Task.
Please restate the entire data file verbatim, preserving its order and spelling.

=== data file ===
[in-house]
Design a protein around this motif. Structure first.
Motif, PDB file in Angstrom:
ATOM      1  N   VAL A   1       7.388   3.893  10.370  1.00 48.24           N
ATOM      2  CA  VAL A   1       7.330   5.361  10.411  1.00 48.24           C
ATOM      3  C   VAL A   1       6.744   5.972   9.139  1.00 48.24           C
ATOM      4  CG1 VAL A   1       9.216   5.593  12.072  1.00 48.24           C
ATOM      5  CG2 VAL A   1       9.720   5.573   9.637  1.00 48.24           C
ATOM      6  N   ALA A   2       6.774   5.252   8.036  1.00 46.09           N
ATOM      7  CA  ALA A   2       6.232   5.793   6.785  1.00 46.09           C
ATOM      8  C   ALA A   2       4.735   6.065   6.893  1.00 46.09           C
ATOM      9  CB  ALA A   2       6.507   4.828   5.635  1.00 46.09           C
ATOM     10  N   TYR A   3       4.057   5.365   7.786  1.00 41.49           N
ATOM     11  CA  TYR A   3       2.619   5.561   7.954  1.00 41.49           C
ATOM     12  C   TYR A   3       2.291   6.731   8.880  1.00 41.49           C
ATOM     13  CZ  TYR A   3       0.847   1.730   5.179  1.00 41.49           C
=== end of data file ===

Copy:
[in-house]
Design a protein around this motif. Structure first.
Motif, PDB file in Angstrom:
ATOM      1  N   VAL A   1       7.388   3.893  10.370  1.00 48.24           N
ATOM      2  CA  VAL A   1       7.330   5.361  10.411  1.00 48.24           C
ATOM      3  C   VAL A   1       6.744   5.972   9.139  1.00 48.24           C
ATOM      4  CG1 VAL A   1       9.216   5.593  12.072  1.00 48.24           C
ATOM      5  CG2 VAL A   1       9.720   5.573   9.637  1.00 48.24           C
ATOM      6  N   ALA A   2       6.774   5.252   8.036  1.00 46.09           N
ATOM      7  CA  ALA A   2       6.232   5.793   6.785  1.00 46.09           C
ATOM      8  C   ALA A   2       4.735   6.065   6.893  1.00 46.09           C
ATOM      9  CB  ALA A   2       6.507   4.828   5.635  1.00 46.09           C
ATOM     10  N   TYR A   3       4.057   5.365   7.786  1.00 41.49           N
ATOM     11  CA  TYR A   3       2.619   5.561   7.954  1.00 41.49           C
ATOM     12  C   TYR A   3       2.291   6.731   8.880  1.00 41.49           C
ATOM     13  CZ  TYR A   3       0.847   1.730   5.179  1.00 41.49           C